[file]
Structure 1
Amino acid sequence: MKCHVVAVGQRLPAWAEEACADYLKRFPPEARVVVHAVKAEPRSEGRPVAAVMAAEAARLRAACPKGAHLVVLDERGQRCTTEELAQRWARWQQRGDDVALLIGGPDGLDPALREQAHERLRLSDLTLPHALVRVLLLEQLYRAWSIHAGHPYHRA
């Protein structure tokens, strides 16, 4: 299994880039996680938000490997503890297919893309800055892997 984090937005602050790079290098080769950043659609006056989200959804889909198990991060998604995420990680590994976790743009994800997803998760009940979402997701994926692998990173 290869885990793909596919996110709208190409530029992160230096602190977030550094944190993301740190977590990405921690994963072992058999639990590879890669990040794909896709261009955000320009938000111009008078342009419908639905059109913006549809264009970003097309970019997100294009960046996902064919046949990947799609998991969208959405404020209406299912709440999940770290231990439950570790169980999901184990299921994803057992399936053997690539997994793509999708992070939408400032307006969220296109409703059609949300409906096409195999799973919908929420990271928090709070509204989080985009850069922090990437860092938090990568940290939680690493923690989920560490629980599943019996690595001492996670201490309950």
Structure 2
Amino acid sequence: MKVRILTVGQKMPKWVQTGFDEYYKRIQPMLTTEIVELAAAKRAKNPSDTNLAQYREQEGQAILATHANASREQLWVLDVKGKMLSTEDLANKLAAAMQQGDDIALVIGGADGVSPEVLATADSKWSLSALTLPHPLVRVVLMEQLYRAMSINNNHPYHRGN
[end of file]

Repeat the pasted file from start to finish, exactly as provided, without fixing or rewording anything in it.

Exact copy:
Structure 1
Amino acid sequence: MKCHVVAVGQRLPAWAEEACADYLKRFPPEARVVVHAVKAEPRSEGRPVAAVMAAEAARLRAACPKGAHLVVLDERGQRCTTEELAQRWARWQQRGDDVALLIGGPDGLDPALREQAHERLRLSDLTLPHALVRVLLLEQLYRAWSIHAGHPYHRA
């Protein structure tokens, strides 16, 4: 299994880039996680938000490997503890297919893309800055892997 984090937005602050790079290098080769950043659609006056989200959804889909198990991060998604995420990680590994976790743009994800997803998760009940979402997701994926692998990173 290869885990793909596919996110709208190409530029992160230096602190977030550094944190993301740190977590990405921690994963072992058999639990590879890669990040794909896709261009955000320009938000111009008078342009419908639905059109913006549809264009970003097309970019997100294009960046996902064919046949990947799609998991969208959405404020209406299912709440999940770290231990439950570790169980999901184990299921994803057992399936053997690539997994793509999708992070939408400032307006969220296109409703059609949300409906096409195999799973919908929420990271928090709070509204989080985009850069922090990437860092938090990568940290939680690493923690989920560490629980599943019996690595001492996670201490309950």
Structure 2
Amino acid sequence: MKVRILTVGQKMPKWVQTGFDEYYKRIQPMLTTEIVELAAAKRAKNPSDTNLAQYREQEGQAILATHANASREQLWVLDVKGKMLSTEDLANKLAAAMQQGDDIALVIGGADGVSPEVLATADSKWSLSALTLPHPLVRVVLMEQLYRAMSINNNHPYHRGN